Alberta is committing up to $150 million to improve high-speed internet connectivity in rural, remote and Indigenous communities.
Premier Jason Kenney said the money is meant to help bring in contributions from private companies and the federal government.
The government is still working out the details of a timeline and where the $150 million will be spent, it said during the Thursday announcement.
Kenney said Alberta was once a national leader in rural broadband, but has fallen back in the last 15 years.
In 2016, the Canadian Radio-television and Telecommunications Commission (CRTC) declared broadband an essential telecommunications service.
It set a 2030 target to connect every Canadian home and business to minimum network speeds of 50 megabits per second (Mbps) for downloads, and 10 Mbps for uploads.
The province said 80 per cent of First Nations and 67 per cent of rural areas don’t have access to reliable broadband internet coverage that meets the above speeds.
Approximately 201,000 Alberta households — the equivalent of 12 per cent of the population — do not have access to target speeds set by the CRTC.
Kenney says that means those Alberta homes face an intolerable obstacle in the digital age.
“Many rural Albertans are underserved when it comes to broadband, to wireless, and to connectivity to the digital economy,” Kenney said Thursday.
“This limits the ability of those communities to attract investment and participate fully in our growing digital economy as well as benefit from services like digital health care.”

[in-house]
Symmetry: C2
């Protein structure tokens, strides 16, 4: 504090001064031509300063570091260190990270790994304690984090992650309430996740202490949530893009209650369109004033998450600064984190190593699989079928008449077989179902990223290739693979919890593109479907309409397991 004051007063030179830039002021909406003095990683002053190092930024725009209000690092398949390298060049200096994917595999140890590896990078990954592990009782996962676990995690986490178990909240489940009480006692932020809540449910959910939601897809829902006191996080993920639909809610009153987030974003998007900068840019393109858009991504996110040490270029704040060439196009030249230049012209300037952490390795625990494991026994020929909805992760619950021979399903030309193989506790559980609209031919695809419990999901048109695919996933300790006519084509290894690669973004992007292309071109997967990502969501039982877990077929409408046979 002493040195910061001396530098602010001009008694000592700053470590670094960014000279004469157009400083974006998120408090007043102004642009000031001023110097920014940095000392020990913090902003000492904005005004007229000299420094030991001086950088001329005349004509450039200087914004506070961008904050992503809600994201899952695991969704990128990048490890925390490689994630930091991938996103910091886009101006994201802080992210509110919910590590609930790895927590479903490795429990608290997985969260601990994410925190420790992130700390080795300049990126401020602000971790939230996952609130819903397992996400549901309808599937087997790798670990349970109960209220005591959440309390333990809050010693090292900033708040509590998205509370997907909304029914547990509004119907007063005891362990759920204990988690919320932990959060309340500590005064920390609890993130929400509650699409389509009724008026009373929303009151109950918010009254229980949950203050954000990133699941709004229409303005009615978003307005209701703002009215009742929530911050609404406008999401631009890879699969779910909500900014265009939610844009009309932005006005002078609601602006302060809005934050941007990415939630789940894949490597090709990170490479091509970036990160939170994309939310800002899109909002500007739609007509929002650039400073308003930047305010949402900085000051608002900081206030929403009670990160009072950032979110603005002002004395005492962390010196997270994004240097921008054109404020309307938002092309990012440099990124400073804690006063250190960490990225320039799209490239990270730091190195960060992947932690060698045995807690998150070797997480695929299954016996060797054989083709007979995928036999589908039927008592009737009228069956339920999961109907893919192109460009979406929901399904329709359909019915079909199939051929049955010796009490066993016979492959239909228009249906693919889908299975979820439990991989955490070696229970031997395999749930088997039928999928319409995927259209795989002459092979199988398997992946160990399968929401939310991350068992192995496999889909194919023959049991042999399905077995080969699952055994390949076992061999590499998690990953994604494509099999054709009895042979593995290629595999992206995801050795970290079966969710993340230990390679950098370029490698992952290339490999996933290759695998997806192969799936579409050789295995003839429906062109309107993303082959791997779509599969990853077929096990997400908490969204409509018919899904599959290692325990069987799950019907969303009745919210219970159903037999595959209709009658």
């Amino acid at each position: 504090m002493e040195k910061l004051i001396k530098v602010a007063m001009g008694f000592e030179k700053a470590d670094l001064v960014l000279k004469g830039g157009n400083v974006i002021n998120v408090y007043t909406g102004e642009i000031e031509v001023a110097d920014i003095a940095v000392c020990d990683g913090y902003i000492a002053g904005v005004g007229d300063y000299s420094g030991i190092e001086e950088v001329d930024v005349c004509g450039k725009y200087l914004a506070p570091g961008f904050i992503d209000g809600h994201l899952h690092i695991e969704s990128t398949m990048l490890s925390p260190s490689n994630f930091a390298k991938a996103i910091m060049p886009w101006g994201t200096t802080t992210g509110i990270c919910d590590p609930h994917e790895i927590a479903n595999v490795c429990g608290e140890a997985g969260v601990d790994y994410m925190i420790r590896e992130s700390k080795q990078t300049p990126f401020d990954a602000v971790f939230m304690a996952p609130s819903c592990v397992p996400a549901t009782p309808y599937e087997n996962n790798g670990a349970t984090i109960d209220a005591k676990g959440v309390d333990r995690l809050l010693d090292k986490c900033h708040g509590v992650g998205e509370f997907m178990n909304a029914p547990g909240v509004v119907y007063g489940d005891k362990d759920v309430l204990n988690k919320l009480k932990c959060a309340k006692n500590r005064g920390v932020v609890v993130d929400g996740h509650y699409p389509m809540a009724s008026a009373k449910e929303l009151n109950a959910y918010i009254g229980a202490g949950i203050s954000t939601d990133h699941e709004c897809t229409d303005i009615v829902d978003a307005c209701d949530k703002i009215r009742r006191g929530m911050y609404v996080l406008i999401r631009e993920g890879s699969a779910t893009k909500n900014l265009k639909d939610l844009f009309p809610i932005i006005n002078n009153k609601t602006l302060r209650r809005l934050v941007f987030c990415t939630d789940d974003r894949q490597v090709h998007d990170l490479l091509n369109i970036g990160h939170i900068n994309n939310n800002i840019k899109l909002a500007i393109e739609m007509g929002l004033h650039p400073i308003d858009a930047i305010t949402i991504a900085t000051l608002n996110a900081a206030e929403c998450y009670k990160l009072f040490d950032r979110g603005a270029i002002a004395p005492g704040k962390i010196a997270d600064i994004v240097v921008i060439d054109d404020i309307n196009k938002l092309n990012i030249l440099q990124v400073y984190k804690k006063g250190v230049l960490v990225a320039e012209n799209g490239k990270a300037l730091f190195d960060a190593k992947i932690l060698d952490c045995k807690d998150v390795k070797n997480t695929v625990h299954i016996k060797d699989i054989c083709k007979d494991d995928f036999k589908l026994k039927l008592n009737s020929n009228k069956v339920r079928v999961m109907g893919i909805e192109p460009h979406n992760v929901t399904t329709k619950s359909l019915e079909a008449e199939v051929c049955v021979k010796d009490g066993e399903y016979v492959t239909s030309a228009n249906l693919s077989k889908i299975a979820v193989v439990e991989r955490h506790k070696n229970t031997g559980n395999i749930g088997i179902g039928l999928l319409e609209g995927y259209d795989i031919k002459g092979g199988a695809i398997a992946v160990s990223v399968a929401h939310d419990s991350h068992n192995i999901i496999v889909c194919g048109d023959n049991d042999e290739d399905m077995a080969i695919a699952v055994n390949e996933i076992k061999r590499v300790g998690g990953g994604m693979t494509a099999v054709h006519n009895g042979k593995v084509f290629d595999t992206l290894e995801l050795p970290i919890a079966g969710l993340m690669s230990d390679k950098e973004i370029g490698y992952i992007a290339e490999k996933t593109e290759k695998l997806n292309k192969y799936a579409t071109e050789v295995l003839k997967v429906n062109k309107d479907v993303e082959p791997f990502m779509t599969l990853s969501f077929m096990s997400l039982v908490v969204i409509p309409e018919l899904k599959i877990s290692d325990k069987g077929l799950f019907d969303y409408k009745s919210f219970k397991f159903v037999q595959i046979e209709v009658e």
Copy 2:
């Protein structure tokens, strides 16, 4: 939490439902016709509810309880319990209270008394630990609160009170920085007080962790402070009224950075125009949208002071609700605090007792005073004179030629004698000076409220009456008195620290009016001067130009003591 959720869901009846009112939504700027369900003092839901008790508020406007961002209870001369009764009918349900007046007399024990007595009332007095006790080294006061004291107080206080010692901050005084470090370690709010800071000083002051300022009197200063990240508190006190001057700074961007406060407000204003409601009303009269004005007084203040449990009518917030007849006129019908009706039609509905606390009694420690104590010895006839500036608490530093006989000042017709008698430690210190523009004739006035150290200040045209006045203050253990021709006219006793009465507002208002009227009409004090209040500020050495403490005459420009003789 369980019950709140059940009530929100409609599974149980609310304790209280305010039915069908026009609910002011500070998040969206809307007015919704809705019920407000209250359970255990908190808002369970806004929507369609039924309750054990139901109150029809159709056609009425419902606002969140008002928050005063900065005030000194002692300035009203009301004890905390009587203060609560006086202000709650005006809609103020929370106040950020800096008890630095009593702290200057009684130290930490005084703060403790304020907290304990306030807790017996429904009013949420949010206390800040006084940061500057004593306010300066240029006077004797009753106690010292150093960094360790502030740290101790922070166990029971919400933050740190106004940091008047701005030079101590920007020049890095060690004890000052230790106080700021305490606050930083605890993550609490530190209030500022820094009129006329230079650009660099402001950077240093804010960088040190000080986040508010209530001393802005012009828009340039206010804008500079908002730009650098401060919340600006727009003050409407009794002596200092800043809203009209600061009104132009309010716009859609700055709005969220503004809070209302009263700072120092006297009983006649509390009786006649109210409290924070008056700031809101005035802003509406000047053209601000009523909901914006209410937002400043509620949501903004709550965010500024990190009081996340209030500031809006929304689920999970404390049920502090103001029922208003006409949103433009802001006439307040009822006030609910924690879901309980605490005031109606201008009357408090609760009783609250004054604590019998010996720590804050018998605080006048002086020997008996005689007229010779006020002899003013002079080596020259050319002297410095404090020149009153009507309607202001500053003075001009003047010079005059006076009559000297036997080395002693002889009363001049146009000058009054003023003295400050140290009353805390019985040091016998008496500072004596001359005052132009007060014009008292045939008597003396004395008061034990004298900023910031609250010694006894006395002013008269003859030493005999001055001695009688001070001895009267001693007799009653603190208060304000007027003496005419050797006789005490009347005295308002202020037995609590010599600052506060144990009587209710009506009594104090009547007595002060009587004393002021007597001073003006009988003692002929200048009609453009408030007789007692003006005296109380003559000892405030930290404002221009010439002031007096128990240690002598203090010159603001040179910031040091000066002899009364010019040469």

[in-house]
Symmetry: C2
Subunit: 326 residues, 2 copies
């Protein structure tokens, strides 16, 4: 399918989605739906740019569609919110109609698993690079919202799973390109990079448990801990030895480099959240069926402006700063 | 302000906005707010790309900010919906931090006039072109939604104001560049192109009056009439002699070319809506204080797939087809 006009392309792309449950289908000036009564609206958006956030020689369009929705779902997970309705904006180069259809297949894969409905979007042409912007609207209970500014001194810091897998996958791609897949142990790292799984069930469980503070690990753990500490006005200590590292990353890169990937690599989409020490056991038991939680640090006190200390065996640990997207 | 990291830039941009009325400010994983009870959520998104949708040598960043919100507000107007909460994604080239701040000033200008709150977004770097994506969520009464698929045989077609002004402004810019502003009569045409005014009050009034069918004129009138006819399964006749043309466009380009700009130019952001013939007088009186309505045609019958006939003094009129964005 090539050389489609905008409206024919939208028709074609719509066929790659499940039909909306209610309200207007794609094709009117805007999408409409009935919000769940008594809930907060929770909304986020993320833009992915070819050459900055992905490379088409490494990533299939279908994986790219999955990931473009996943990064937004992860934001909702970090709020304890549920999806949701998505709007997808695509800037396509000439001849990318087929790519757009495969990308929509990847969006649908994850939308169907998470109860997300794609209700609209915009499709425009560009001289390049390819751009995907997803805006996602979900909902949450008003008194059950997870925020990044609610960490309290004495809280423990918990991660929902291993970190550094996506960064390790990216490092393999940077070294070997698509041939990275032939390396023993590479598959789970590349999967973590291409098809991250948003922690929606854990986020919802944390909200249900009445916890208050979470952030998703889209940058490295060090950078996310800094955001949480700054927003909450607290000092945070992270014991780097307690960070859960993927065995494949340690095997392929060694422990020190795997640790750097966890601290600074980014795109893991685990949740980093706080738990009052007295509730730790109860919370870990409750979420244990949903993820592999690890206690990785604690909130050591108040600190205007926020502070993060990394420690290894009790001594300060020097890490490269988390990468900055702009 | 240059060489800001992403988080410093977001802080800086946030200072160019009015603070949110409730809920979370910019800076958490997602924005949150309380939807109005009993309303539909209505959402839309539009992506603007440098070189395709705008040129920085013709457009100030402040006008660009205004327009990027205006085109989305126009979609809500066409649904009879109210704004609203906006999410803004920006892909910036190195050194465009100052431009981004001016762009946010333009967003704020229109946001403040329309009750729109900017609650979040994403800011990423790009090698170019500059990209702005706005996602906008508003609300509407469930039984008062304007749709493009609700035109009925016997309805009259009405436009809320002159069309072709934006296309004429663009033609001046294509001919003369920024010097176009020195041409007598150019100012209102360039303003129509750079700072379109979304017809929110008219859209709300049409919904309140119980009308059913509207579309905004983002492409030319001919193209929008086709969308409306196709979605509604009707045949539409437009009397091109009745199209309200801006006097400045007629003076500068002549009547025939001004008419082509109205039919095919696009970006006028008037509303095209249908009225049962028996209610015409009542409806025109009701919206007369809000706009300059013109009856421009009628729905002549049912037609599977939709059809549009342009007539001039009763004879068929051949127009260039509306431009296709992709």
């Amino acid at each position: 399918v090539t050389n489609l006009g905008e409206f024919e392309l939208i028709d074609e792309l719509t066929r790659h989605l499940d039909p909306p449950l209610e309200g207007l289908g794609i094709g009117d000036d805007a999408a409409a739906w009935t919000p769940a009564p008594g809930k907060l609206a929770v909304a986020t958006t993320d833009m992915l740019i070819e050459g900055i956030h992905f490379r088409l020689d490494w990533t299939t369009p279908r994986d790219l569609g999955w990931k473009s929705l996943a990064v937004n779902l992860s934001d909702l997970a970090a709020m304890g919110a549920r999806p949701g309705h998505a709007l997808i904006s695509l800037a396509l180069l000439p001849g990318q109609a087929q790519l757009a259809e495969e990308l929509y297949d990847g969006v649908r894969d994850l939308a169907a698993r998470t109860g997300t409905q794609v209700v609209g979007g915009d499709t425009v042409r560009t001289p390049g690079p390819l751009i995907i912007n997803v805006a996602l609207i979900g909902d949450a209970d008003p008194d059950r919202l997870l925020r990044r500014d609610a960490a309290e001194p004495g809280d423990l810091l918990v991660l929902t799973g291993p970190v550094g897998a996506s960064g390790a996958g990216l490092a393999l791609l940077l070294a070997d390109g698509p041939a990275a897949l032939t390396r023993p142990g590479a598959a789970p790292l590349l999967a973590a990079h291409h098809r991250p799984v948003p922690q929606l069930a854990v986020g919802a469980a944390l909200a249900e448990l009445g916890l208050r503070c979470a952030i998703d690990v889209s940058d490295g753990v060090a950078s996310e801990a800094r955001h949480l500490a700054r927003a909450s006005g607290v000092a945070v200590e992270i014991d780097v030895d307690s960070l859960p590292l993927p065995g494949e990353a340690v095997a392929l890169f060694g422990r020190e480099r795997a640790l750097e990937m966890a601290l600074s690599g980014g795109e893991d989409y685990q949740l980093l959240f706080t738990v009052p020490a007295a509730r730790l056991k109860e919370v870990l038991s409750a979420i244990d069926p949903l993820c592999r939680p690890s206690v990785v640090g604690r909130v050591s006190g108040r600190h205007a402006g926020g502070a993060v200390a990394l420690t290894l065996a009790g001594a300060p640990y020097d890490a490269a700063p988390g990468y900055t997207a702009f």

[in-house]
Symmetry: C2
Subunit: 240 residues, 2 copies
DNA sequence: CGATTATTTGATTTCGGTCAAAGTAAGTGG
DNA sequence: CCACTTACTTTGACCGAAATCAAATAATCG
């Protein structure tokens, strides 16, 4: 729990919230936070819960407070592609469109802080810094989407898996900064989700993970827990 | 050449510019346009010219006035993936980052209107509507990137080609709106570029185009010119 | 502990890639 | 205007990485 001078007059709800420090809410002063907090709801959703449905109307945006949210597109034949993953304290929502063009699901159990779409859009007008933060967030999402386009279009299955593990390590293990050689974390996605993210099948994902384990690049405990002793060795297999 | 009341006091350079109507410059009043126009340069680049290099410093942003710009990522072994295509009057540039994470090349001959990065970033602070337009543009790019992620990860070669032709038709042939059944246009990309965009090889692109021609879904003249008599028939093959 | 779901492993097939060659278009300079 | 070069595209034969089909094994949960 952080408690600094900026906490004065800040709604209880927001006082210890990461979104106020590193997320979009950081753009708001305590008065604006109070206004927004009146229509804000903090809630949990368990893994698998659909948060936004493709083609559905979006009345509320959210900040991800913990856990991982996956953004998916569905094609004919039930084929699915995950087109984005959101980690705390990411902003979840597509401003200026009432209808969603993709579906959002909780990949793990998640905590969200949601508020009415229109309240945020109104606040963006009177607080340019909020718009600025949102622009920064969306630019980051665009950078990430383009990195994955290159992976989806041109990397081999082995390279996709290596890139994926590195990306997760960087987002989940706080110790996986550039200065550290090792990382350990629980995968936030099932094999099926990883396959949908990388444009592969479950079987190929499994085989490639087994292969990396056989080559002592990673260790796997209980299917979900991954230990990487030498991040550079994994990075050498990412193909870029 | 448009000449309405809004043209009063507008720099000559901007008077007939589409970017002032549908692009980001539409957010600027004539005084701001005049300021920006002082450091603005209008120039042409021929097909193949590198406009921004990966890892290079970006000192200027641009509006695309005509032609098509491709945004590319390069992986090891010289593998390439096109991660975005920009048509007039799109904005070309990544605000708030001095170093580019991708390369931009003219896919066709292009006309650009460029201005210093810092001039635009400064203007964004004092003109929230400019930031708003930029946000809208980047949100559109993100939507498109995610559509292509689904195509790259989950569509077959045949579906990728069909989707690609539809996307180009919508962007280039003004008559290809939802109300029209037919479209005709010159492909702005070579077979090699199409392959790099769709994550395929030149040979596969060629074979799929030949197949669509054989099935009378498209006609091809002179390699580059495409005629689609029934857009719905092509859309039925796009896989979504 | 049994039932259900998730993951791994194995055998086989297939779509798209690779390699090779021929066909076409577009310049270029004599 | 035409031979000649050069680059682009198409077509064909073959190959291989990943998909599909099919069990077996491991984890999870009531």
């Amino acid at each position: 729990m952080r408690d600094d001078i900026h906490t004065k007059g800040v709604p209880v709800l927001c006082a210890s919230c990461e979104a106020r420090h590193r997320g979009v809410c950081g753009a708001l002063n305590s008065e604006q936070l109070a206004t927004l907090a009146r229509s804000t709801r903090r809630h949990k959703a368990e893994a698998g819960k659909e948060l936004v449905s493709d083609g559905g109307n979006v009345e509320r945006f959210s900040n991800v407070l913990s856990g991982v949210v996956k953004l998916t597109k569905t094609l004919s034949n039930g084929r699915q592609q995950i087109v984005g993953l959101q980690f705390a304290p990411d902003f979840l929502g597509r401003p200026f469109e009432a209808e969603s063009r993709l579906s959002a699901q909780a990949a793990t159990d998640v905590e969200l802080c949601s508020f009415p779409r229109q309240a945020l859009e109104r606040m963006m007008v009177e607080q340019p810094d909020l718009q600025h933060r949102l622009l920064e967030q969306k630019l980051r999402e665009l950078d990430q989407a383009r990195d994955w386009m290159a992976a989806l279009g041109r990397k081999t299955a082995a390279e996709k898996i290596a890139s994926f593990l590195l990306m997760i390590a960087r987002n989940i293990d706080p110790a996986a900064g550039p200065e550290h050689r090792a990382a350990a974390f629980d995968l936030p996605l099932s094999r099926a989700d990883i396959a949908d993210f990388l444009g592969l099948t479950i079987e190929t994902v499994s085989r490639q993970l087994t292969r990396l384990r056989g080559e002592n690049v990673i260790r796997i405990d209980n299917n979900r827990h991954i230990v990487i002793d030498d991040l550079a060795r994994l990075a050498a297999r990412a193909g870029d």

Paul McLauchlin, head of the Rural Municipalities of Alberta, said spotty service forces residents and schoolchildren to go to parking lots at fast-food restaurants to get internet access.
Some people, he said, are even moving to areas with better service.
Enoch Cree Chief Billy Morin said connectivity is critical, noting 20 laptops were donated to a local school last year but couldn’t be used because of poor connectivity.
“It’s foundational. It’s going to lead to way more effective First Nations participation in the economy, in health sectors (and) tech sectors,” Morin said, referring to the $150-million investment.
“You’ve got to start somewhere.”
Last November, the federal government launched the multi-billion-dollar Universal Broadband Fund to support high-speed internet projects across the country.
Prime Minister Justin Trudeau said the fund will see 98 per cent of Canadians connected to high-speed internet by 2026.
The Universal Broadband Fund is only one of many federal programs, often with similar or complementary mandates.
In a news release sent Thursday, the province said the total cost of expanding rural broadband internet to underserved areas of Alberta is estimated at $1 billion and UCP government is working with Ottawa and the private sector to share the cost.
— With files from Karen Bartko, Global News
© 2021 The Canadian Press
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